germany's sentiment index falls, and the mood continuing to u.s. futures. closing in on the start of the trading day, dow jones implied to open lower by more than 35 points. nasdaq and s&p 500 also looking to shed their gains, as well. take a look now at the cnbc ftse global 300. down a third of a% in light of that data which hit just about an hour ago. european markets she the ftse 100 down 0.4%. xetra dax this one in focus this morning, that's down 0.6%. cac 40 down almost 1% this morning. this ahead of a key budget
unveiling. ibex 35 not benefiting from the risk off attitude. down 1.6%. >> and i think the ifo number, we had a better pmi out of germany last week, so the expectations it would hold up and it didn't. but it is worth pointing out 50% of the responses were taken before the constitutional court ruling in germany. quite a lot of paper being issued by italy this week. they yield back just over the 5% mark, as well. you can see lower this morning 1.72. euro-dollar back down to the 1.29 mark. aussie dollar steady 1 .04.
sterling-dollar moving away from the highs. that's where we stand in european trade, what about what's happening in asia? only one person qualified to bring us up to speed. >> concerns about global economy continue to weigh on sentiment. it was a choppy session for the shanghai composite. it managed to recoup early losses after dipping near the all-important 2,000 point mark to finish higher by 0.3%. securities and developers led the rebound. media and publishing stocks rallied on reports of industry reform plans. but losses in some resources placed capped gains.
foxconn shares lost it 2.6% after reports of workers riot. the nikkei hit a one week closing low in thin trading. steel maker, miners and industrials also tumbled, but shares of renaissance jumped over 30% of government bailout hopes. elsewhere financials and industrials weighed on south korea's kospi, but samsung electric tropic shares gained merely 2% after winning a patent case against apple in the german court. meanwhile falling commodity courses continue to drag the aussie market lower by about half a percent with miners extending losses. back to you. clis cbusiness climate down for the fifth month in a row.
it said downward trends are still dominating especially for d exports. that's been the main factor this morning. patricia, the better term out of pmi last week, you wonder which is more accurate and reflective. >> well, that is a good question. the flash pmi data did really get people's hopes up for the ifo index. what is more leading, that is the question. but a lot of it is also down to new order volume. and you order volumes as we know since the beginning of 2012 has started to come off a little bit. so the trend there isn't too positive and it seems that the underlying economy starting to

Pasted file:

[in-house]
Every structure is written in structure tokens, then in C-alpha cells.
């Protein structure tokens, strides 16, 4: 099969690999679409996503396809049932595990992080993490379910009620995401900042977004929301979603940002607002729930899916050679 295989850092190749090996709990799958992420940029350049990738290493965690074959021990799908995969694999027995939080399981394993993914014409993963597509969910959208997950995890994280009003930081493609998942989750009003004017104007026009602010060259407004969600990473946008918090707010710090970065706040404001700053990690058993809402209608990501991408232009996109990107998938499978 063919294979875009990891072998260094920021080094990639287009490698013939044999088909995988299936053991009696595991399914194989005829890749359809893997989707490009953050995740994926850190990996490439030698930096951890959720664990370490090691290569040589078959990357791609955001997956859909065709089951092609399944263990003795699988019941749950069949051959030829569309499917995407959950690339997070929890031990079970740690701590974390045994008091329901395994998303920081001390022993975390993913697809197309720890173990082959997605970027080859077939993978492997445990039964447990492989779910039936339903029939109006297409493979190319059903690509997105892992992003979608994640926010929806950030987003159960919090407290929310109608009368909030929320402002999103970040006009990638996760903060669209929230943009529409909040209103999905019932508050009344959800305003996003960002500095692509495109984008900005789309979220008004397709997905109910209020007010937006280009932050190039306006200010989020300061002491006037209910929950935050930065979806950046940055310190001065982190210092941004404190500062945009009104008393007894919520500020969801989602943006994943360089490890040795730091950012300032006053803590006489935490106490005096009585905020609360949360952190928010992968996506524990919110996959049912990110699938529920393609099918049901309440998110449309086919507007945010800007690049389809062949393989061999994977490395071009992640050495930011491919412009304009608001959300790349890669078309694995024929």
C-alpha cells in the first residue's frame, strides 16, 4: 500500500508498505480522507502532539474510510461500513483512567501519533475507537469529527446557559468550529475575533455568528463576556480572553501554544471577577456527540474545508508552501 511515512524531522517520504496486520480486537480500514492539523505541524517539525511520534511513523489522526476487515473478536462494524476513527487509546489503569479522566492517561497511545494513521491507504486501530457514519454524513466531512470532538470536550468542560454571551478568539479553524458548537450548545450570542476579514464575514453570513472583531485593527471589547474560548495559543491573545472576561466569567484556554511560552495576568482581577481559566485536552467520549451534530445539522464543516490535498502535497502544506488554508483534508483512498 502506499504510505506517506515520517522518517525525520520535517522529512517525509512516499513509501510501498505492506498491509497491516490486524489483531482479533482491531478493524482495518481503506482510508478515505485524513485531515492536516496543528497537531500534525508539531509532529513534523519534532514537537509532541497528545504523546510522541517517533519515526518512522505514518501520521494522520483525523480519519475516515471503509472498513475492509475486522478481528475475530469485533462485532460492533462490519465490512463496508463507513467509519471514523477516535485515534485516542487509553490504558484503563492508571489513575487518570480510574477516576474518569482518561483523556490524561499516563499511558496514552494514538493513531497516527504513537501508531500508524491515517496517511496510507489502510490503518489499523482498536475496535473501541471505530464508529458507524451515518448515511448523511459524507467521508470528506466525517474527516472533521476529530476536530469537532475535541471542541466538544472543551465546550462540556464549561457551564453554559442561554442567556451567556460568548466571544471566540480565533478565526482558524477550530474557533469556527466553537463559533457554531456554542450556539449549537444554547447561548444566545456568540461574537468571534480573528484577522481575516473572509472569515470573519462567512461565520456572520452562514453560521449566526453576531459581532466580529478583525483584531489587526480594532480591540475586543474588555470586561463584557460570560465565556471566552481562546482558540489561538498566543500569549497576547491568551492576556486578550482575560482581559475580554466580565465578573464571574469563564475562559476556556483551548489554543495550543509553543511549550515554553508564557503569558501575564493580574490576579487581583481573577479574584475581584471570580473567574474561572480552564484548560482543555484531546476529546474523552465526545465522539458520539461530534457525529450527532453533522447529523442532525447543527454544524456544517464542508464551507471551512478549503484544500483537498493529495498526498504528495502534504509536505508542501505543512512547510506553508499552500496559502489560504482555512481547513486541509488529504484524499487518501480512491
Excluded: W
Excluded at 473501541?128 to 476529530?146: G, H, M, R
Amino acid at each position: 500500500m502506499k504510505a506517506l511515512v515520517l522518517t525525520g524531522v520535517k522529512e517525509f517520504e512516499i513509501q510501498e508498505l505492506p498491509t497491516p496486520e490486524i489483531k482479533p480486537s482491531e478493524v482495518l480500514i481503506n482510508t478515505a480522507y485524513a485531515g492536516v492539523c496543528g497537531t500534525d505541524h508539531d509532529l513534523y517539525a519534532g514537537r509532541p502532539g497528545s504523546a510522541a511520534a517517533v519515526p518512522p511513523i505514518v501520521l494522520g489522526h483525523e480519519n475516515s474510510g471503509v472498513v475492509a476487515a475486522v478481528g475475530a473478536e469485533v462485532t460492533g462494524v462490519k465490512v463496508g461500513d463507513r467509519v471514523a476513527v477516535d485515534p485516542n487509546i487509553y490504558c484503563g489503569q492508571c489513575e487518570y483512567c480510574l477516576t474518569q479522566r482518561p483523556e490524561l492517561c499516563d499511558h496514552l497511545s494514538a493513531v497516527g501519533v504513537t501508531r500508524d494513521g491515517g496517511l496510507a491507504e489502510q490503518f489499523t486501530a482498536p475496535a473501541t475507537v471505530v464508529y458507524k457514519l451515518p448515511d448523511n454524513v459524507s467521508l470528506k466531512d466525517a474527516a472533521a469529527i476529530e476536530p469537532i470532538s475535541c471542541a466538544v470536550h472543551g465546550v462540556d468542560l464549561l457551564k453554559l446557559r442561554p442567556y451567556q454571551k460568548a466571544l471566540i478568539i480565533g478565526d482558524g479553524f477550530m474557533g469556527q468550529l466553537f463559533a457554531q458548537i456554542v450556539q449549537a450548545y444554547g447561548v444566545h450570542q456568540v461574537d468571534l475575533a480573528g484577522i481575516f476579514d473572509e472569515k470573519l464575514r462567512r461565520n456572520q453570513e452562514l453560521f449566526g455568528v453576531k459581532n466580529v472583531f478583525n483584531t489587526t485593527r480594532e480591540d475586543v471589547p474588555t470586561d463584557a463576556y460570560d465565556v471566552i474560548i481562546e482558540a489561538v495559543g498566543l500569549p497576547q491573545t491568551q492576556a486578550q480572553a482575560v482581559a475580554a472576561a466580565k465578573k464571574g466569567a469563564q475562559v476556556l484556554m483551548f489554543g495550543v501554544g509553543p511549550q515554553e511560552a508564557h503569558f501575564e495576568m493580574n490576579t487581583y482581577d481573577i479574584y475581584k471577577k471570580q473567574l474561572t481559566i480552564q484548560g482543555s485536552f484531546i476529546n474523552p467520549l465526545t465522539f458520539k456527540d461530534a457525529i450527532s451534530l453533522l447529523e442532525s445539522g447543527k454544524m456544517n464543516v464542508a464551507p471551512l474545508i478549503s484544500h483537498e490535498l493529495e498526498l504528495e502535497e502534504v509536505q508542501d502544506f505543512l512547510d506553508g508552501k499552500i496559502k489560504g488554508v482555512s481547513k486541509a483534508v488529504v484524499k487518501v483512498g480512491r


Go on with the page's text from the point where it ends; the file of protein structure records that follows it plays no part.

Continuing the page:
see more the pinch what is happening considering that a lot of the exports in germany are within this european zone or the eurozone. so big impact there. and also we've seen quite a bit of data coming through from the car sales numbers in europe and they have been everything down about 6.6% in the first eight months of the year. even though that's a bit of a lagging indicator, but one of the most important industries in germany is starting to feel slo-mo men item. most important is how is the ecb going to view these figures in the light of energy prices and also the gdp estimates now by the ifo to increase by 0.1% for the third quarter, is that going to come down. yes or no. >> patricia, thanks very much. the eurozone crisis fighting fund could be increased to 2 trillion euros to provide the fire power for spain and italy.
>> the passage of the law through parliament will take at least six months and interventions could delay it further. and you can see there down about 0.8%. french president hollande told reporters the earlier the better merkel disagreed saying there was no point doing something quickly if it wasn't going to work. and amid all of this, our next guest says investors are continuing to buy into covered bond market. and this market has underperformed equities. right now you're looking it at the euro covered bond index.
welcome. this asset class is just starting to emerge in the u.s. just starting to before the financial cli sis hit, now rbc has come to market with this registered listing, i guess. but is actually the appeal of safety right now being undermined by the search for yields? >> well, again, with every portfolio, you're looking for sections where you want to have yield and then where you want safe investments. what's interesting about the covered bond market around the world is we're seeing more and more investors starting to diversify into this market in a fairly big way. just for example a medium sized bank i talked to last week over the past six months as put 10% of their liquidity into the covered bond market. before then, they had no investments at all in this asset class. >> explain to people who may not be as familiar with covered